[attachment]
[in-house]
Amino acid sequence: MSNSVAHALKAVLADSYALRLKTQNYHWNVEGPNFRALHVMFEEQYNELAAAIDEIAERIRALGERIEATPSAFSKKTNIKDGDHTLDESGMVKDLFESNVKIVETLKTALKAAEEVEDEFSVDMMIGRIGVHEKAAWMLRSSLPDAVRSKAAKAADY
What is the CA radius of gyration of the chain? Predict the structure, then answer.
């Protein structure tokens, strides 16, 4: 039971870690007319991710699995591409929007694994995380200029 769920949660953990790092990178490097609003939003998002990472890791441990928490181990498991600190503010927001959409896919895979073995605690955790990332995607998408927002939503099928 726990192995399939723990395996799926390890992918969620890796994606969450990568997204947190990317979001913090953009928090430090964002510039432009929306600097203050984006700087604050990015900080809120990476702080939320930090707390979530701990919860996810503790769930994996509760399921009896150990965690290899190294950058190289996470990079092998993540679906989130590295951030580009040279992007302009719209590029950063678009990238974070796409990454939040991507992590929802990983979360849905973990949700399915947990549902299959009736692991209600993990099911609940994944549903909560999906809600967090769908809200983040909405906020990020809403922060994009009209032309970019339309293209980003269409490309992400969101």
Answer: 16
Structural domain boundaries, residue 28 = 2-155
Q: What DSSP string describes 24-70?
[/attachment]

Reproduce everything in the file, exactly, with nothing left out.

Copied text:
[in-house]
Amino acid sequence: MSNSVAHALKAVLADSYALRLKTQNYHWNVEGPNFRALHVMFEEQYNELAAAIDEIAERIRALGERIEATPSAFSKKTNIKDGDHTLDESGMVKDLFESNVKIVETLKTALKAAEEVEDEFSVDMMIGRIGVHEKAAWMLRSSLPDAVRSKAAKAADY
What is the CA radius of gyration of the chain? Predict the structure, then answer.
């Protein structure tokens, strides 16, 4: 039971870690007319991710699995591409929007694994995380200029 769920949660953990790092990178490097609003939003998002990472890791441990928490181990498991600190503010927001959409896919895979073995605690955790990332995607998408927002939503099928 726990192995399939723990395996799926390890992918969620890796994606969450990568997204947190990317979001913090953009928090430090964002510039432009929306600097203050984006700087604050990015900080809120990476702080939320930090707390979530701990919860996810503790769930994996509760399921009896150990965690290899190294950058190289996470990079092998993540679906989130590295951030580009040279992007302009719209590029950063678009990238974070796409990454939040991507992590929802990983979360849905973990949700399915947990549902299959009736692991209600993990099911609940994944549903909560999906809600967090769908809200983040909405906020990020809403922060994009009209032309970019339309293209980003269409490309992400969101």
Answer: 16
Structural domain boundaries, residue 28 = 2-155
Q: What DSSP string describes 24-70?